|“Run with the hunted.” - Charles Bukowski|
I couldn't put my finger on it, and thought I might throw up at any given moment, so I gave up on peace and got out of bed. Antsy. Anticipating. It's a feeling I've known well in the past. I've experienced it when I was on the receiving end of a betrayal of Judas proportion but didn't yet know it. I've felt it right before someone I loved died, and another small handful of traumatic times that blessedly I can't recall in this moment, and with any luck have permanently blocked.
Rather than wind myself up in knots, I just decided to say, "Fuck it," and sat down with the nausea and the not knowing what, but knowing something was off, and that was when the strangest feeling settled in. I wouldn't call it peace. Not exactly. So what is it? My mind got quiet. I grew very still, and very clear, and very calm. And I still didn't know a damn thing.
That's the being alive component of tragedy. The lie is outed, and the heartache settles in. Someone calls and says they are dying, and you start preemptively grieving. Things get too sketchy, and you decide you've had enough, and you get outta Dodge in the middle of the night, leaving behind everything that wouldn't fit into two giant Hefty bags you stuffed in the trunk, with a pot of water still boiling on the stove. It hurts, and it hurts, and it hurts.
But all of the nausea and panic and puking out your angst never would have stopped that hurt. All it ever does is make you crazy with anticipation and wondering while you prepare for its arrival. You know it's coming, regardless of what you do or don't do now. So you may as well get quiet, because you're going to need stores and rations of it when whatever is going to happen finally arrives.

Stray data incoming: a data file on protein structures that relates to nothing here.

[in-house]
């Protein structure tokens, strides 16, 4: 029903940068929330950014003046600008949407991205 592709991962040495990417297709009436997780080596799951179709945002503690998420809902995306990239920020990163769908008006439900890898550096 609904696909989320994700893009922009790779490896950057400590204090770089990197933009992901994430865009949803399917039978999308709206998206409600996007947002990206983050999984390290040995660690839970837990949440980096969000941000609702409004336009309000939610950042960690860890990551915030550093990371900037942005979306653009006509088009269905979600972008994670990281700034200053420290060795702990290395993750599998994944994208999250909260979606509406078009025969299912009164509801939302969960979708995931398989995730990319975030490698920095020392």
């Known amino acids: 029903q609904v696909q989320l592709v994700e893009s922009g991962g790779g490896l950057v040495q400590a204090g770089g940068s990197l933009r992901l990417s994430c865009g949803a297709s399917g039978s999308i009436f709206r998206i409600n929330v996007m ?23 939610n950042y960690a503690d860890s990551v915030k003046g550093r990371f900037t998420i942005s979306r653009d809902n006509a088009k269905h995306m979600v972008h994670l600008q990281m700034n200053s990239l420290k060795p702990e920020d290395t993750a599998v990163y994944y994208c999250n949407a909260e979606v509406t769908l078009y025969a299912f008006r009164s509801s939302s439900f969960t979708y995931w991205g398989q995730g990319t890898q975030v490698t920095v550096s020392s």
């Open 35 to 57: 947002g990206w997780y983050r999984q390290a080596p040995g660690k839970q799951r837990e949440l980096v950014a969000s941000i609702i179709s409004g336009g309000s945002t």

The waiting is the hardest part. At least for me. In the stillness I make peace with the fact that I am not at peace. I have lived through betrayal and death and frantic, unplanned moves. I have left behind entire lifetimes that wouldn't fit into the trunk. Somehow or another, it never did manage to kill me. I might have had to scrape my guts off the sidewalk a time or two and reassemble them at a later date, but who hasn't?
Growing tired of my own histrionics was the kindest thing I ever did for myself. Probably for everyone who has to have any dealings with me, too. Definitely for the people who love me through birth or circumstance. It takes a lot of energy to have an exit strategy for every imaginable tragedy that might set fire to your happiness and leave you burning in your bed. It's kind of a waste of time. If heartache is hunting you, you only have two choices, no matter how many spins you may put on them. You can run. Or you can turn around and stare it down, prepare yourself for a fight. Both have their merits, but you never really know which one will be the right choice until it's an on the spot decision. Plans all fly out the window once the adrenaline sets in. And either way, you usually get out alive.